So yeah, this was the first Mario game I loved, yet was the third Mario game I ever played (after two Game Boy games, Super Mario Land, and the obviously titled sequel Super Mario Land 2). Yet it was only about five years ago that I completed it. The difficulty level of this game is just right, there’s no “and this is where it starts to get really hard” level. It’s a slide from “if you die on this level, how?” to “you only lost twenty lives this level, nicely done” that is so gradual you don’t really notice it until you go back to the earlier levels and realise you can probably do them with your eyes shut. Not that you should keep your eyes shut, as that means missing on the visuals. Now I’m not going to lie and say “the graphics for this still hold up to modern games”, as that’s a lie. But that says more about modern graphics than the graphics of the game itself. I think 2D platform graphics peaked at this, there was no “well it looks okay, except for….”, everything looks lush and gorgeous. The clouds look so fluffy they’re practically candy floss.

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Disappointingly this game isn’t edible.

But now it’s time for the ultimate question; is this game “good for its time” or just “good”. There are many games I loved growing up that have not aged well. Primarily it is 3D games, as graphics were so blocky then and are so smooth now that it can be hard to believe what was considered life-like. Games like Tomb Raider for example, once held up as graphical perfection, looks plain ugly now. It’s not just graphics, gameplay has moved on leaps and bounds, mostly in sports games and FPS. I don’t know if you’ve tried to play a Fifa game from before 1998, here’s my advice; don’t. As a genre it’s moved on so much that it’s impossible to play older ones without thinking “this is missing something”. Same with FPS, because so many of the things it innovated are now commonplace, even Goldeneye is kind of terrible by today’s standards.

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This game, though? It never feels lacking. There’s no moments where you find yourself attempting to do something from a later game on reflex. Want to know how well this game still holds up? Look at the reviews on gamefaqs.com. The lowest one is 2.5/5. That’s the lowest. Nobody on the internet actively hates this game, and that’s the internet, they hate everything. Even the low review seems to be done mainly so he can have the lowest score on it. There are reviews from this year which declare it near perfection. There are people still playing it today. This game came out almost 25 YEARS AGO in Europe, and there are people still playing it. That to me is the mark of a good game. It’s not about sales, it’s about retention, about being so good that people don’t want to get rid of it. Back In Black is one of the best-selling albums of all time yet I have never seen it in a second-hand shop or a boot fair, because almost everyone who owns it loves it and wants to keep it. Almost everything is iconic, the music, the look, the level design, oh my god the level design. You know how when you’re playing old Tony Hawk’s games (never THPS5, nobody plays that), and almost everything in the game is laid out to perform perfect lines? That’s what this game is like. Everything’s laid out so you can get through it with the right rhythm etc. There’s also the sense of exploration. You can just go through the game as it looks and complete it. But you can also explore the levels, take different routes, and you’re rewarded for that.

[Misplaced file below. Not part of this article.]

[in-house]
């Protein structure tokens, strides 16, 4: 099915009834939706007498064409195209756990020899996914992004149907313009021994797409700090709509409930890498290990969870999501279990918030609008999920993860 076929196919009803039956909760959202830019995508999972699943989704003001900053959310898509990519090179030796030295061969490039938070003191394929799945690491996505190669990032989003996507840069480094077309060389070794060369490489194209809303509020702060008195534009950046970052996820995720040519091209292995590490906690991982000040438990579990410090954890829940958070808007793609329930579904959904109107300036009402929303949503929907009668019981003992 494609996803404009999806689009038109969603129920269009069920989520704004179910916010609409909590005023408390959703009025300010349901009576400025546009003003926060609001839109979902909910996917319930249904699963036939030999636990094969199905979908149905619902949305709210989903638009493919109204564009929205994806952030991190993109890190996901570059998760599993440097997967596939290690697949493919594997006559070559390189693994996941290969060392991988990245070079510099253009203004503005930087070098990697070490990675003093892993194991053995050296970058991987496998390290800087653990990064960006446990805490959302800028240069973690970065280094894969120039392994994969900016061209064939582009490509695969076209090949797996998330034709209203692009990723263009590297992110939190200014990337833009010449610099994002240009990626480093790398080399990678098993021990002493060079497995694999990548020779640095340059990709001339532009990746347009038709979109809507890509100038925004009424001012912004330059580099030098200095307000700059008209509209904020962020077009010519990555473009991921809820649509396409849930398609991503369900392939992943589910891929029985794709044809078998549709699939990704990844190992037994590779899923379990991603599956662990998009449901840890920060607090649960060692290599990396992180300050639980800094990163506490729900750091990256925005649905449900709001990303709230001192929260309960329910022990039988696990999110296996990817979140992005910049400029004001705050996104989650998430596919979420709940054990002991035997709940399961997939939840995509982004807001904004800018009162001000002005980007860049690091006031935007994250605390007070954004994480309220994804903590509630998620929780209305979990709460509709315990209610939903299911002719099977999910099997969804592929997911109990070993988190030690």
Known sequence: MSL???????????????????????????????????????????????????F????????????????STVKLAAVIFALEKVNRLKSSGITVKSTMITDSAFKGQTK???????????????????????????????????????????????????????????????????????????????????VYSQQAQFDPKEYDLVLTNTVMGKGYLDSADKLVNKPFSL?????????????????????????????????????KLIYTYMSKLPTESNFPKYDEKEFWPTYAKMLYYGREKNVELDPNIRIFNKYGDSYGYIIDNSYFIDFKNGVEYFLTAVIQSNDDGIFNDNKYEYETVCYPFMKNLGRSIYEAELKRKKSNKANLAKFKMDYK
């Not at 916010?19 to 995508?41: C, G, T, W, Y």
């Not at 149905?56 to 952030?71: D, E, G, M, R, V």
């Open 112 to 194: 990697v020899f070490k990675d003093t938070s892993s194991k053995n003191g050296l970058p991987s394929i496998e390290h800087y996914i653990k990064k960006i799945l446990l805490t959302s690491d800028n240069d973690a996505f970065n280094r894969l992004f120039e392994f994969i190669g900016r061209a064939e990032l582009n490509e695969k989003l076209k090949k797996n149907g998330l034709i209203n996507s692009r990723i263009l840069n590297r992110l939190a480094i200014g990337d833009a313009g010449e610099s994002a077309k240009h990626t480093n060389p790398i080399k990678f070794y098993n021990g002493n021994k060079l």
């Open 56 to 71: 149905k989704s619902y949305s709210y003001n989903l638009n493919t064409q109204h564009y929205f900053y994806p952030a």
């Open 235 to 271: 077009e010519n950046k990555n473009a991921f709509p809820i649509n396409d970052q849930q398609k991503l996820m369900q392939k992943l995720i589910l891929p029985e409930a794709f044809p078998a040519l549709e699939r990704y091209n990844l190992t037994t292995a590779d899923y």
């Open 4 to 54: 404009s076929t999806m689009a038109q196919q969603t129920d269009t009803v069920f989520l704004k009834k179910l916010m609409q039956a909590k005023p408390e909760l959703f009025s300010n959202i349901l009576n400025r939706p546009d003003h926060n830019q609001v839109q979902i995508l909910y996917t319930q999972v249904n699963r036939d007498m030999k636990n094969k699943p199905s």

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At one point reward by this little guy. Who is awesome.

I suppose the true brilliance of this game is when you beat it you don’t want to move through to another game, you want to play it again. It really kicked off the “100% completist” attitude to console gaming which Rare later perfected (or exploited, depending on your attitude). When you spoke about it, it wasn’t just “have you beaten the boss?” it was “did you find this level?”. I didn’t know until two years ago there’s a secret level in the second world which is basically the platform equivalent of a motorway service station, with weapons and extra life in there. Now that’s it about Super Mario World, let’s hope Odyssey can match it. Join us next week when we’ll be (hopefully) talking about Airplane. If you have any thoughts on that, this, or anything else, let us know on the facebook or in the comments section below. Until then, if you need awesome looking shirts, cushions, or bags, check out Let Lou’s here and check out what they’ve got, some amazing designs available.

4 (Wrong) Thoughts I Had About Wonder Woman

It Will Look Dull

Why

Most action films lately have a certain colour to them; all various shades of blue and grey, with the occasional flash of orange. Plus it’s only the director’s third film, and their first film of this genre, so there’s a good chance they’re going to stick to the typical conventions of the genre and not take any risks, resulting in something which will just end up looking like every other film out there.